Skip to content. Skip to navigation

Faculty Development

You are here: Home / Improve Your Lecturing / Top tips

Top tips

Plan your overall framework carefully

  • Use the ‘Rule of Threes’:
    • Tell the audience what you are going to tell them
    • Then tell them it
    • Then ask something about it that shows you that they understand
  • Avoid making rash assumptions about knowledge retained from previous teaching
  • Don’t try to cover too much material in your lecture, leave time for activities and discussion


Make sure you are familiar with the technology and room set up

  • Arrive well before the lecture begins to check the equipment
  • Have a back-up in case technology fails
  • Work out where to stand or walk and how best to use the room to engage the audience and without standing in front of the screen
  • Don’t be afraid to move equipment so you feel comfortable

Get the beginning right

  • Introduce yourself
  • Outline your expectations
  • Provide explicit learning objectives

The beginning of your lecture should do some of the following:

  • Engage
  • Prepare
  • Encourage curiosity
  • Challenge
  • Create expectations

The first five minutes of attention form the ‘Golden Window’, where you build rapport and make a meaningful link with the audience. Depending on your personal style, some of the following may help you ‘hook’ the audience.

  • Start with a story from personal experience
  • Link back to something the learners have recently done
  • Use humour – a joke or cartoon on the screen (not too many and take care over the sort of humour you select)
  • Set a challenge
  • Give a two-minute test or quiz; you might use clickers or mobile technologies for this
  • Don’t be too predictable


Work on your presentation style

  • Your job is not to entertain — but you don’t have to be boring
  • Think about how you use your voice for emphasis, contrast, exaggeration, negation, etc. Your voice is a tool for gaining and holding attention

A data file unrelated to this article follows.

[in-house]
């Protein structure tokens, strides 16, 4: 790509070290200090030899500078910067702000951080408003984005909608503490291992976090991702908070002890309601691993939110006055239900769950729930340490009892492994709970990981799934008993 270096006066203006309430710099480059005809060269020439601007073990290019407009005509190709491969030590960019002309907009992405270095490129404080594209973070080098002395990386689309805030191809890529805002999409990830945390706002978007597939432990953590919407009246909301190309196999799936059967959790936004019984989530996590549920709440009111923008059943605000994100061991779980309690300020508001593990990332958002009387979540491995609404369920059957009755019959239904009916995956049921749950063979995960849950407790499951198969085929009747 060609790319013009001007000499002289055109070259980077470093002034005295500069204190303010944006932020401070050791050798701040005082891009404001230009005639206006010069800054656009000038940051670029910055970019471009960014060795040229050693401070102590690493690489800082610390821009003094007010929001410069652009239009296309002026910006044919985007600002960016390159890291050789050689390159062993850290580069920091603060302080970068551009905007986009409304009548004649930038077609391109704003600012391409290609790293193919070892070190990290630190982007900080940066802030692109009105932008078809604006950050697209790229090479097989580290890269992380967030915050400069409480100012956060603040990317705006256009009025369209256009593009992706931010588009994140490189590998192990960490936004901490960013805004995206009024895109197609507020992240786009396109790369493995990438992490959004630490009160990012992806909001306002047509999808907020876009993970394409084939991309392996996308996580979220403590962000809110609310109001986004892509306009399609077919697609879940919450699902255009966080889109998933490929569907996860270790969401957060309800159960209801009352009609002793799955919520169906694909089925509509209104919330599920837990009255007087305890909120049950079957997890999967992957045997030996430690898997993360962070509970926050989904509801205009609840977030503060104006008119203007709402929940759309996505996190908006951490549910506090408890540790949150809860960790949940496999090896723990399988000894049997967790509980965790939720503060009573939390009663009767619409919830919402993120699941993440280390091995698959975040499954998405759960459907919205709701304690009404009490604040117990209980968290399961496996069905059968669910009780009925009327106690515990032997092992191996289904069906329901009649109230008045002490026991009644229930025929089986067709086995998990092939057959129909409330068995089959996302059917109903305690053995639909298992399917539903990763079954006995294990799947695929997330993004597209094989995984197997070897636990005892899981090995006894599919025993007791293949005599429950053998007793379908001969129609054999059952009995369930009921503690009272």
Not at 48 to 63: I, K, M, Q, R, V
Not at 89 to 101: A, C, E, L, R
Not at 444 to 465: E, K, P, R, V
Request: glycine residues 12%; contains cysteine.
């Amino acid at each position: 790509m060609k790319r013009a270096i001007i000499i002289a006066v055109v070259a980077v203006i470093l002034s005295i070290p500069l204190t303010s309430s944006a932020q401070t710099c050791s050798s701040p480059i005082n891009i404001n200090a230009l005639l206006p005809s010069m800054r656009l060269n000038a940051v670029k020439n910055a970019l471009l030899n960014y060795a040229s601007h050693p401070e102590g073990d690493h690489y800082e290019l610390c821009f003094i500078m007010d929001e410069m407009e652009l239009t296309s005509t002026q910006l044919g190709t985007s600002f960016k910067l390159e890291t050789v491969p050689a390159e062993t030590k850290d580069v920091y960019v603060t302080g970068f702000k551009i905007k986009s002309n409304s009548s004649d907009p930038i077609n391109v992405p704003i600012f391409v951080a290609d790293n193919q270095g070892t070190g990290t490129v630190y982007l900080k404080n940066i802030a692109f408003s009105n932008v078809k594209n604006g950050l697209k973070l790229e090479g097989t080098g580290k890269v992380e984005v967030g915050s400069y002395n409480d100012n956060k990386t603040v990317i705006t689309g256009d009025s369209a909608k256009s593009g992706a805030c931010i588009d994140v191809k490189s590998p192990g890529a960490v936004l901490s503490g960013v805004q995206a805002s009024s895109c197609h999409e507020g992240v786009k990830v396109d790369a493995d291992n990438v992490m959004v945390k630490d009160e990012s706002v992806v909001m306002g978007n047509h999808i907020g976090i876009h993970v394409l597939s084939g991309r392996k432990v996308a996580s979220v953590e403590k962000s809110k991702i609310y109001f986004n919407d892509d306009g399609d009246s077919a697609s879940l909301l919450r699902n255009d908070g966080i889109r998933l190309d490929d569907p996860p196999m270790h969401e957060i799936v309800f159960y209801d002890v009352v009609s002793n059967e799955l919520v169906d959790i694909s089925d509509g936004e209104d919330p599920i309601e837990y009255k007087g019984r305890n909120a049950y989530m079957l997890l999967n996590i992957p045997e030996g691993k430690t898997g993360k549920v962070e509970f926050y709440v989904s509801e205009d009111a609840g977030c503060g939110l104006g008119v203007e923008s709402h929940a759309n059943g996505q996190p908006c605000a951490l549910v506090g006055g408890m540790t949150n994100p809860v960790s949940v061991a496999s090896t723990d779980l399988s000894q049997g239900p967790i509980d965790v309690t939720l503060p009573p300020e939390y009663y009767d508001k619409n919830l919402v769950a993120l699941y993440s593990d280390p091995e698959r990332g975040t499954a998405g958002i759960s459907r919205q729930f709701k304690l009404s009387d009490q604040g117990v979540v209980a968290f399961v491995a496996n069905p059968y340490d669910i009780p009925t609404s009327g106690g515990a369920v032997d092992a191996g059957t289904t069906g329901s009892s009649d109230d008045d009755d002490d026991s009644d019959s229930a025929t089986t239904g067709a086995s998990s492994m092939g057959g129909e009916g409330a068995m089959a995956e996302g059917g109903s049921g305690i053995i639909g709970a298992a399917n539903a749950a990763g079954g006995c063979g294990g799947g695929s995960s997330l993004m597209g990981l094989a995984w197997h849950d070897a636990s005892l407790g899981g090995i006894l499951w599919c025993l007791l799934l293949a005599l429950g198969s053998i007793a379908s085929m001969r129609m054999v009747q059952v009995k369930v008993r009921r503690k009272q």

• Participants in any part of the room should be able to hear you clearly. Avoid:
    • Speaking in a monotone
    • Looking or sounding bored
    • Using vocalised pauses (‘you know’, ‘okay’, etc.)
    • Distracting gestures such as fiddling with glasses, hair or jewellery or waving your hands around
    • If you are using a microphone, make sure it is placed so that it provides a consistent volume


Engage with the audience

  • Sprinkle your lecture with analogy, metaphor, clinical examples, illustrations to help the audience make connections
  • Value the audience: monitor reactions, seek contributions – they are an integral part of your lecture
  • Use impact language to ‘headline’ your key points, e.g.  ‘the vital factor’ rather than ‘the important factor’


Leave them with a message

Lectures should have a planned ending – not just a last word for that day (or worse, just running out of time). Your ending should include:

  • A summary of the main points
  • A recap of the key questions posed/answered
  • The ‘exit thought’ you would like your learners to take with them
  • A signpost to future learning, follow-up reading or activities


Print module to PDF

Save a PDF of this module, so you can print it and read it in your own time.

Email your comments

Let us know what you think about this module or give us your feedback.

Further information

More information about this module, further reading and a complete list of glossary terms.

Learning activities

Read about the recommended learning activities for this module.